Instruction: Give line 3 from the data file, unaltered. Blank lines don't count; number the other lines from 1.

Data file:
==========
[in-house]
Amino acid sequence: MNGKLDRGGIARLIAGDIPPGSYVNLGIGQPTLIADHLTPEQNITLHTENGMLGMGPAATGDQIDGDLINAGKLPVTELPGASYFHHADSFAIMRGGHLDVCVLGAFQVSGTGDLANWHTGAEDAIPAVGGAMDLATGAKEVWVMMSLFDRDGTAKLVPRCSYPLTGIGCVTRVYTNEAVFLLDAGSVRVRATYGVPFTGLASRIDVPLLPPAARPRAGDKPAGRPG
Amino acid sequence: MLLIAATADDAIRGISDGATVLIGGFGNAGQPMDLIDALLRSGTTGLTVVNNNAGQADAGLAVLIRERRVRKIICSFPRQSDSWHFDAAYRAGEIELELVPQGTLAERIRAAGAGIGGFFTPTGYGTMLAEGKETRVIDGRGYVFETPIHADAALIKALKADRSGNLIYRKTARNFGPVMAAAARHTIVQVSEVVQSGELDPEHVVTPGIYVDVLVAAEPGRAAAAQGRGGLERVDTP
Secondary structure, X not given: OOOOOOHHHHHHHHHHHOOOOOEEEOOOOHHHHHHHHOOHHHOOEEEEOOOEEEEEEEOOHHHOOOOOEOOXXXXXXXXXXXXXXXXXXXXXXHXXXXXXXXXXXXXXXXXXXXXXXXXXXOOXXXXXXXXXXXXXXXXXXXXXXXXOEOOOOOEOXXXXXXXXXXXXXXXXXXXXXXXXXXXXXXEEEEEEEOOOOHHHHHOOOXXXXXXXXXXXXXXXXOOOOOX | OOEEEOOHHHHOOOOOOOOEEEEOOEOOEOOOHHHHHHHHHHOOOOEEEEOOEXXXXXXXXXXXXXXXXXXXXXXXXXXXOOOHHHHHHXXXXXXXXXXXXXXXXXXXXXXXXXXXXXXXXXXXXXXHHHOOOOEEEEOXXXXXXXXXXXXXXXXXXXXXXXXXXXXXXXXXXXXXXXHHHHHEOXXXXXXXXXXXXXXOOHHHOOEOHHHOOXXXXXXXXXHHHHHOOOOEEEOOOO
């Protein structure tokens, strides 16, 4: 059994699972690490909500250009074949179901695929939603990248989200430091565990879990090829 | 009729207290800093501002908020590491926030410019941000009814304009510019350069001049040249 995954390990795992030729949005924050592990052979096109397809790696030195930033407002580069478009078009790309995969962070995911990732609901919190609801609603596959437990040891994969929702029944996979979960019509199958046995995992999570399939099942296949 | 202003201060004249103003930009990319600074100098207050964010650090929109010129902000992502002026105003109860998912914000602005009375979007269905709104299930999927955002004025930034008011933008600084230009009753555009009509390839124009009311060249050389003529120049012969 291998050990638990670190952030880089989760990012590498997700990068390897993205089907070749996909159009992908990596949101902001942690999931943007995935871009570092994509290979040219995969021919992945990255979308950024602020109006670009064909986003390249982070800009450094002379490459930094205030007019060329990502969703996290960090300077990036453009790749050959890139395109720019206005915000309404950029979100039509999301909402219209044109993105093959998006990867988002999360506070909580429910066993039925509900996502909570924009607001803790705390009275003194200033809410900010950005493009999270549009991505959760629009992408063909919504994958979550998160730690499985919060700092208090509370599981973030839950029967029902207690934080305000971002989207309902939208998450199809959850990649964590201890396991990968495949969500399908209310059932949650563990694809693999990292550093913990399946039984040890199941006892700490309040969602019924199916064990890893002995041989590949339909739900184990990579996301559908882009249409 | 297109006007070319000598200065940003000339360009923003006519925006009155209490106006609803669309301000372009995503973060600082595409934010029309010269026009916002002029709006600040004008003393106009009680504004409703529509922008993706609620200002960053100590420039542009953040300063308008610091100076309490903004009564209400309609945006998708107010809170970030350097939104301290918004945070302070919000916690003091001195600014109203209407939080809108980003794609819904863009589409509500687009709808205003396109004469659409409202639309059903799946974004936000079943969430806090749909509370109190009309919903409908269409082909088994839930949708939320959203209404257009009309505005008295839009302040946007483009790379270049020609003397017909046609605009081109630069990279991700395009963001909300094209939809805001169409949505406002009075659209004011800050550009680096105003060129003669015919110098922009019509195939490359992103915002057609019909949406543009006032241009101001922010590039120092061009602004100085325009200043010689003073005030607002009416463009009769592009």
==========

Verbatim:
Amino acid sequence: MLLIAATADDAIRGISDGATVLIGGFGNAGQPMDLIDALLRSGTTGLTVVNNNAGQADAGLAVLIRERRVRKIICSFPRQSDSWHFDAAYRAGEIELELVPQGTLAERIRAAGAGIGGFFTPTGYGTMLAEGKETRVIDGRGYVFETPIHADAALIKALKADRSGNLIYRKTARNFGPVMAAAARHTIVQVSEVVQSGELDPEHVVTPGIYVDVLVAAEPGRAAAAQGRGGLERVDTP